What Is “No-Doubt” Liability Car Accidents
In certain car accidents, the opposing motorist is almost always at fault, and insurance providers rarely try to dispute this. Contact a Wyoming personal injury lawyer to get all the legal help you need in your car accident case.
Collisions in the rear end
- No matter why you halted, it is rarely your fault if anybody strikes you from behind. According to a fundamental road regulation, a driver must be capable of stopping their vehicle properly if traffic is halted in front of them.
- Driving more dangerously than the individual in front is a driver who could not stop safely.
- The other element of the rear-end collision complaint is that automotive damage frequently establishes how it occurred: If a car’s front end and the other vehicle’s rear end are both wrecked, there can be little doubt as to who hit whom.
- It is indeed true that the motorist in the car that struck you might have a case against the person who abruptly stopped you or against that third automobile that rammed into yours, but this does not absolve them of duty for your wounds and damage to the vehicle.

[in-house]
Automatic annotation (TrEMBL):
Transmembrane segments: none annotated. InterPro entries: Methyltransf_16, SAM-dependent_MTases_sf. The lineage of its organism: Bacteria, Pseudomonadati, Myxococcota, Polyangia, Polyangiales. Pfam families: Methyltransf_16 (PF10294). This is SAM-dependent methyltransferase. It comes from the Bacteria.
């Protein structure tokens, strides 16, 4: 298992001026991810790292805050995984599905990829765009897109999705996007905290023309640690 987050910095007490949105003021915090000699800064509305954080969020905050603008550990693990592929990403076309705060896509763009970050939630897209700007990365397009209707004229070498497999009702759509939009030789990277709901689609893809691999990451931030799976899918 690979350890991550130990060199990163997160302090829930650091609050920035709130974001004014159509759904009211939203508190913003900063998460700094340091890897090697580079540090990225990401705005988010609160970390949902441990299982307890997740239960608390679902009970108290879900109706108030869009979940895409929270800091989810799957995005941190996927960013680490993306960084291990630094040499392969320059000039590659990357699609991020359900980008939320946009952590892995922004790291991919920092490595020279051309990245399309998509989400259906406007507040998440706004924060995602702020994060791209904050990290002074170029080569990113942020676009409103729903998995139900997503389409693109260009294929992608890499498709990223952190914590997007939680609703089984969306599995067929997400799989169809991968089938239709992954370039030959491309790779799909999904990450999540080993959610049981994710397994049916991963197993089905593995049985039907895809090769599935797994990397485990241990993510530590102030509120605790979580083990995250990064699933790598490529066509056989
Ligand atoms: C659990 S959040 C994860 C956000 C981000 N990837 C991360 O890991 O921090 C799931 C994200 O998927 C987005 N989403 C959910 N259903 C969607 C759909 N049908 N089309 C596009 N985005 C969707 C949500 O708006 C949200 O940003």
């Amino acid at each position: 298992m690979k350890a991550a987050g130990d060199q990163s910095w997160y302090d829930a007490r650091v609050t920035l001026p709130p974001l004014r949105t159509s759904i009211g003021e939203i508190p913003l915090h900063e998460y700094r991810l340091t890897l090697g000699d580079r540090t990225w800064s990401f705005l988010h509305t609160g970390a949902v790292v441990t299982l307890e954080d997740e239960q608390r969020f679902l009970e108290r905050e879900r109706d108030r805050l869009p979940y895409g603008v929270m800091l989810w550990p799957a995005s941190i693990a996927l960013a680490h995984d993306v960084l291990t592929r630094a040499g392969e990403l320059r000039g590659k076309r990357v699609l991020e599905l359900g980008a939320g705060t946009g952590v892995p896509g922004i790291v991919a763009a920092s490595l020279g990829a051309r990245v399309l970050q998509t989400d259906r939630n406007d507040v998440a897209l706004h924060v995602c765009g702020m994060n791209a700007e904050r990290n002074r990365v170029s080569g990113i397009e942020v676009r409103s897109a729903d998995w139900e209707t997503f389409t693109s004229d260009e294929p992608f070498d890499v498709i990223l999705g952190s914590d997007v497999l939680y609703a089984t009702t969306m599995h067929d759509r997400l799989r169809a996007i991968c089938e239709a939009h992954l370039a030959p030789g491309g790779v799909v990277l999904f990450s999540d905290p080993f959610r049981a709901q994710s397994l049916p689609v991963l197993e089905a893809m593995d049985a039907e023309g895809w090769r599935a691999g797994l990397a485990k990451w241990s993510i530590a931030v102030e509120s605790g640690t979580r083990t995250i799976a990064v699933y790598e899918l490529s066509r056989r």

- But be aware that even though you were rear-ended, the “comparative negligence” criterion may sometimes limit your reimbursement due to your fault.
- A typical instance was when your brake or rear lights were not working entirely or partially, mainly if the collision occurred at night. Some other examples would be if you experienced mechanical issues but did not take all reasonable steps to remove the car from traffic.
Left turns that cause accidents.
A vehicle turning left risks colliding with one traveling directly in the other way. Rare and difficult to demonstrate are exceptions to this nearly automatic rule, but they can happen if:
- The straight-ahead automobile was traveling far faster than the posted limit.
- A red light was run through by the car driving straight.
- When it was safe, the left-turning car started to turn, but an unforeseen event caused it to pause or slow down. A fundamental rule of the road states that a car making a left turn should stop until it can adequately complete the maneuver before moving ahead of moving traffic, making this a very challenging exception.
Similar to a rear-end crash, it can be challenging for the driver to assert that the accident occurred in a situation that was not a left turn due to the placement of the wreckage on the cars.